Sam Mendes’ Best Picture winner is a flawed but evocative time capsule of ’90s middle-age anxiety.
As his WWI war epic 1917 comes out in time for the holidays, we spend December looking back on the eclectic modes of Sam Mendes.
One writer’s childhood bond with his best friend was sealed by a fateful late-night screening of Die Hard with a Vengeance.
The Bette Midler/Lily Tomlin mistaken-identity comedy played a curiously strong role in one writer’s journey to queerness and leftism.
Alex Ross Perry’s punk-rock elegy isn’t just a bittersweet portrait of rock stardom, it’s a beautiful model of the long, hard road to sobriety.
Nora Ephron’s charming Tom Hanks/Meg Ryan comedy also makes the case for letting yourself be vulnerable and brave.
How Wes Anderson’s bittersweet family dramedy helped me break rules, love cinema, & change my life. Every month, […]
Peter Weir’s mostly forgotten drama about survivor’s guilt is an uncynical light in the darkness of mental illness. […]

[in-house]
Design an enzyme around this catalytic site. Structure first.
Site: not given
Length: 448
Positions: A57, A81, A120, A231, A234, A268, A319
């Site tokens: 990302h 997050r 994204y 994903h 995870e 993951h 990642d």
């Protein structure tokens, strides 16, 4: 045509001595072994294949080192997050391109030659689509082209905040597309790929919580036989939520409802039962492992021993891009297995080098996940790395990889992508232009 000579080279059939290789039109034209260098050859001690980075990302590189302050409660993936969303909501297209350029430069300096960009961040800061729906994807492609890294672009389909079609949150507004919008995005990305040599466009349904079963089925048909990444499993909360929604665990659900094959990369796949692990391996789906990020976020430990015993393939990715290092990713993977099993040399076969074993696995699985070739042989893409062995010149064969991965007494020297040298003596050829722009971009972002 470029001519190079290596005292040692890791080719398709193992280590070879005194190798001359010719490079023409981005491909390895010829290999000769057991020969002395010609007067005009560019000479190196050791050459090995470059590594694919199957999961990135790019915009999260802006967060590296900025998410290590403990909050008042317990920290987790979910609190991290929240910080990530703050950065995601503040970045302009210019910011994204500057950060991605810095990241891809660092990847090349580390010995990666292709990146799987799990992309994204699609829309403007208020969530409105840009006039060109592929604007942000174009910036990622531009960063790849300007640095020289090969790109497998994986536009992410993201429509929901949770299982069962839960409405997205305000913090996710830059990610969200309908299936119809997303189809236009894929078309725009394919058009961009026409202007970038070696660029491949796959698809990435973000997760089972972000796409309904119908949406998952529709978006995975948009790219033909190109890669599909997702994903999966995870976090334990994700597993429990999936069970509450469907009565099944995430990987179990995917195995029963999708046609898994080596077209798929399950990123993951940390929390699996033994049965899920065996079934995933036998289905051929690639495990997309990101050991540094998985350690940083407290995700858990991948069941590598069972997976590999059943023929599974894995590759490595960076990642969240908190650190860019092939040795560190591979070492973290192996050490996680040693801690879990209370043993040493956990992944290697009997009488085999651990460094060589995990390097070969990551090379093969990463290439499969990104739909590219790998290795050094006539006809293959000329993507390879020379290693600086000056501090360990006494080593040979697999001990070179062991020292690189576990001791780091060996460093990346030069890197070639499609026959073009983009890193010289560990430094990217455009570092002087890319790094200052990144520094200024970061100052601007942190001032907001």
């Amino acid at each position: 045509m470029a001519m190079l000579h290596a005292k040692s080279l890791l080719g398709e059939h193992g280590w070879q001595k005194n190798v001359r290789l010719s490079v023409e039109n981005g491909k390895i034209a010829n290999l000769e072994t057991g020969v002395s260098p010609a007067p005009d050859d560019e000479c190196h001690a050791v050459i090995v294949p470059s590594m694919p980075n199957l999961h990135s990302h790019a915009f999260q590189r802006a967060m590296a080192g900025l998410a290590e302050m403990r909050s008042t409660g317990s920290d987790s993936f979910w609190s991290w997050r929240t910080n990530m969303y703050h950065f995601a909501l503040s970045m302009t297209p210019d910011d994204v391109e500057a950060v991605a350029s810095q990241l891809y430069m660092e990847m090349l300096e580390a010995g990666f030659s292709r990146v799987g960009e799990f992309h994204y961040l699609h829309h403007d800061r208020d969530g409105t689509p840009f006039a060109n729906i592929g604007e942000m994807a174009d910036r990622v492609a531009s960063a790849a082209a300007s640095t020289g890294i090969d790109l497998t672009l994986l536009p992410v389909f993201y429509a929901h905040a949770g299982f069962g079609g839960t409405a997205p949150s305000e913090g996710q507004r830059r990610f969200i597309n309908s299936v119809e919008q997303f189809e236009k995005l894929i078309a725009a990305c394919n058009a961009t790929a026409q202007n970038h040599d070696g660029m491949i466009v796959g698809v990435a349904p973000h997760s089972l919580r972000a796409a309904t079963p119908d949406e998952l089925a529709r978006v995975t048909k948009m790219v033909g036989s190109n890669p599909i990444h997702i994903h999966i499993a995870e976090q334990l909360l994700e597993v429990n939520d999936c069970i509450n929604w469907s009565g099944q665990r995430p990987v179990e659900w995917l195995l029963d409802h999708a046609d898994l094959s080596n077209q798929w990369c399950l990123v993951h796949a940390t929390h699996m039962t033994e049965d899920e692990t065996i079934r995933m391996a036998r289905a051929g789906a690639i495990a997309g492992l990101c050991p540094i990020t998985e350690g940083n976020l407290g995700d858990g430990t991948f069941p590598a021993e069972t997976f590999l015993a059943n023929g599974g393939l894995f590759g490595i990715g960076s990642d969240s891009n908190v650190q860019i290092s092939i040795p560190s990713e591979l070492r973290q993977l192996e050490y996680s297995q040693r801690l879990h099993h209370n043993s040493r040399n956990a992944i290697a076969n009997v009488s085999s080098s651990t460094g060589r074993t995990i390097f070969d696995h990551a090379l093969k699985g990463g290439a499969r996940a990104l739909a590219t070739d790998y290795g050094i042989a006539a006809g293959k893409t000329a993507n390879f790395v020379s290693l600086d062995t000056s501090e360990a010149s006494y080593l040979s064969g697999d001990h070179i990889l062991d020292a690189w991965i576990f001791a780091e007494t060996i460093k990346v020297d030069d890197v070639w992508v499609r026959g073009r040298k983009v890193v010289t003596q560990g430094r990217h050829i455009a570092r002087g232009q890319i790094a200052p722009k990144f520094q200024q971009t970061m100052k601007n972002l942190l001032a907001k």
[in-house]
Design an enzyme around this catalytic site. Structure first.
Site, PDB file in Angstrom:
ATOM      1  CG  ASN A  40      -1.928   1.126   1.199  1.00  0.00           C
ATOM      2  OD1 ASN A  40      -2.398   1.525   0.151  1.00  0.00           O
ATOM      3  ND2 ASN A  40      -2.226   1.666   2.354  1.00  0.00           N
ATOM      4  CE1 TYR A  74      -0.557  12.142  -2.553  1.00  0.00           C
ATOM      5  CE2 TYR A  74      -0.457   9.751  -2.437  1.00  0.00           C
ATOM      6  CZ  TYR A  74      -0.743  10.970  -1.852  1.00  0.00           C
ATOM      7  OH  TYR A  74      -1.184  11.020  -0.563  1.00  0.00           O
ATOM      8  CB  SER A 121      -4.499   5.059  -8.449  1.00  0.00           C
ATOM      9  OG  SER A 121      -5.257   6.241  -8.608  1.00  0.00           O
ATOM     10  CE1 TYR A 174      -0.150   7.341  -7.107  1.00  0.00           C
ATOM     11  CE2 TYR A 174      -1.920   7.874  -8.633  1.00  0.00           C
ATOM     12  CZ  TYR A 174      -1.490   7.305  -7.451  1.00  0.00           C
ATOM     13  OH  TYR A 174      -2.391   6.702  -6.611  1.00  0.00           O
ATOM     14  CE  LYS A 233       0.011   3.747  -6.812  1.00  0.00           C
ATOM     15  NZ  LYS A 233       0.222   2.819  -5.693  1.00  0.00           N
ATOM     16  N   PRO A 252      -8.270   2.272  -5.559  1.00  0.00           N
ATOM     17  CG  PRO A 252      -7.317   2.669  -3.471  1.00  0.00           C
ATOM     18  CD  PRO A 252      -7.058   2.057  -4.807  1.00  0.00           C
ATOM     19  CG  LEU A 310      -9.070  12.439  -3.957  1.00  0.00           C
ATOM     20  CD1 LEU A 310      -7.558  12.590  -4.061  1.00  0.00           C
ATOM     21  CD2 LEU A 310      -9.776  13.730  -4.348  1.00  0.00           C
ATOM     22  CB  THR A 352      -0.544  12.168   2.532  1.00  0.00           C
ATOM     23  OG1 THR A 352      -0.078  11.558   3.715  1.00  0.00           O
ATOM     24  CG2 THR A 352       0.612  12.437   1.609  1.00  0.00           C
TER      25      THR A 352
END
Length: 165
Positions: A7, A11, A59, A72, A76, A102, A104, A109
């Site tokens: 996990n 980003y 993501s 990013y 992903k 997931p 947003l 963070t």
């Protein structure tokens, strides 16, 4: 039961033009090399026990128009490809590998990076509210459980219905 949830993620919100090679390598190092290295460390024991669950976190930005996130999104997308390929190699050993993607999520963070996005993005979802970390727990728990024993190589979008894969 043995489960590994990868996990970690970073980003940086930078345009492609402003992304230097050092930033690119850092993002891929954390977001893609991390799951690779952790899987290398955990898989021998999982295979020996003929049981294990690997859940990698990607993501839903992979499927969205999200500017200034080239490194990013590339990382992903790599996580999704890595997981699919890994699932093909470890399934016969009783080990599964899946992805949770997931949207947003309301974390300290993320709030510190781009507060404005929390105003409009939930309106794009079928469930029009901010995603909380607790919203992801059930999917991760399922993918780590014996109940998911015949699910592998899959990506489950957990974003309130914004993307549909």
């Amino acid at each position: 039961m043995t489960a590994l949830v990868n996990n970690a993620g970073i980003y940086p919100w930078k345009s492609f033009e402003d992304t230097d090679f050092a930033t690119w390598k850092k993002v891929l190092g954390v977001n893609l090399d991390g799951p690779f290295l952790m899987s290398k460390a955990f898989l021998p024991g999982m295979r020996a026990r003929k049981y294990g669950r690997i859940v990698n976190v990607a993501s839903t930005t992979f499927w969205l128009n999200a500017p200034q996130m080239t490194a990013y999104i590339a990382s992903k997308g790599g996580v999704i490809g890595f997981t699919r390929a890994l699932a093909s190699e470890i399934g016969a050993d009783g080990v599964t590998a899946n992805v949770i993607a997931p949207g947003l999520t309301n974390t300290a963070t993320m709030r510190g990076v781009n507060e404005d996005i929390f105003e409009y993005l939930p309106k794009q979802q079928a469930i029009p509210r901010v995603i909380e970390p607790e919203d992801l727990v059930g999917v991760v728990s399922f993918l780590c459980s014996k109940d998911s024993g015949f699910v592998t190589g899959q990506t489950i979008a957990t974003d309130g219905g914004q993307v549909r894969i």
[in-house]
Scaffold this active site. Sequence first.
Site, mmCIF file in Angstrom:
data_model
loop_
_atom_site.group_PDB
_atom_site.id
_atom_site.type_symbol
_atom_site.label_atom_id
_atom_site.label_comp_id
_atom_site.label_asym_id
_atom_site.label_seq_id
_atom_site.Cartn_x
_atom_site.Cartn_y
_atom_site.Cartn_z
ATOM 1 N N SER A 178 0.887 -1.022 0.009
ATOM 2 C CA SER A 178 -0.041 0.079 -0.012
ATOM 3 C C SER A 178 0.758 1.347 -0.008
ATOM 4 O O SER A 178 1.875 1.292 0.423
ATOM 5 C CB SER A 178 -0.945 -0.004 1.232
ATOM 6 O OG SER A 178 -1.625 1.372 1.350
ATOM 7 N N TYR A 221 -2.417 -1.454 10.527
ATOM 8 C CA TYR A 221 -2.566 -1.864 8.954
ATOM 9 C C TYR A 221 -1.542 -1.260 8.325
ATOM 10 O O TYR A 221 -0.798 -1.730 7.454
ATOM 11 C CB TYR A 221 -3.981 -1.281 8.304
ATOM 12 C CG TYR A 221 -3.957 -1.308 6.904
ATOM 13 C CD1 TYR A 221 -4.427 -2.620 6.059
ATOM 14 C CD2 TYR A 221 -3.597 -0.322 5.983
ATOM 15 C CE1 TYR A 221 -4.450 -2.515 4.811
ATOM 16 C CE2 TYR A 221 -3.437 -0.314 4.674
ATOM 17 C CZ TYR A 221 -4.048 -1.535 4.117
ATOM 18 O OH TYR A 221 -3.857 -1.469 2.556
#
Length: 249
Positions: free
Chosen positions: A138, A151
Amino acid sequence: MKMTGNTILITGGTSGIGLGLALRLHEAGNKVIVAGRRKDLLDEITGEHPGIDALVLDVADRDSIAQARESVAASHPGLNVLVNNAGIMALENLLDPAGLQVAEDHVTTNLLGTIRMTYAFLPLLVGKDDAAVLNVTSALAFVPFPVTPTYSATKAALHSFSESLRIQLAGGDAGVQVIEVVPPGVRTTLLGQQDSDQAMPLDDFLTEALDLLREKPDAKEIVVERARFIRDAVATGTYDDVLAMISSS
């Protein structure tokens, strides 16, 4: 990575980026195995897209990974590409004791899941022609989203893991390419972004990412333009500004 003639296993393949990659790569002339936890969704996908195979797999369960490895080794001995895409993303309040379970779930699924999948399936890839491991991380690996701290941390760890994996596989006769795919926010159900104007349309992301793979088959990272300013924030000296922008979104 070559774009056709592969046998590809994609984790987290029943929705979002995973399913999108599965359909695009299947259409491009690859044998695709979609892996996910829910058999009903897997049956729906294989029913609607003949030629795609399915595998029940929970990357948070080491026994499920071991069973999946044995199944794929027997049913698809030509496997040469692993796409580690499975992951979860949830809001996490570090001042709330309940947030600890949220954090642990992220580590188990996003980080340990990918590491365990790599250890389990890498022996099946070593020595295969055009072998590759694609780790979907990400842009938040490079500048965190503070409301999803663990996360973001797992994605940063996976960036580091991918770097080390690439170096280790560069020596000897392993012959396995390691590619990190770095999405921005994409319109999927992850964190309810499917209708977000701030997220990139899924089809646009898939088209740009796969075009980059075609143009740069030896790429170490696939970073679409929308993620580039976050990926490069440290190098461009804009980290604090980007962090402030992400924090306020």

Wes Anderson took stop-motion animation to another level in a charming story of friendship & adventure.
One of the Master of Suspense’s best is a darkly romantic take on patriotism & patriarchy.
We look back on the anarchic joys of Monty Python’s The Meaning of Life, and how it shaped the comic sensibilities of a generation.
This month, we go off the beaten path and ask contributors to write about films they’re thankful they got to experience for one reason or another.
Martin Scorsese turned his camera to the grotesque excesses of the ultra-rich in The Wolf of Wall Street.
Martin Scorsese shone a light on The Rolling Stones for this rollicking concert film, two cultural titans at the top of their game.
Martin Scorsese followed up The Departed with Shutter Island, a claustrophobic psychological thriller about the madness of loss.
Scorsese recovered from the brutal conditions of Gangs of New York with an intimate, tragic portrait of the foibles of genius.
Martin Scorsese’s hip, vibrant concert film The Last Waltz captures the ephemerality of The Band and its influence on the rock ‘n roll stage.
Martin Scorsese’s 2002 historical drama is big, brassy and full of great performances, but its runtime and tone leave it unfocused.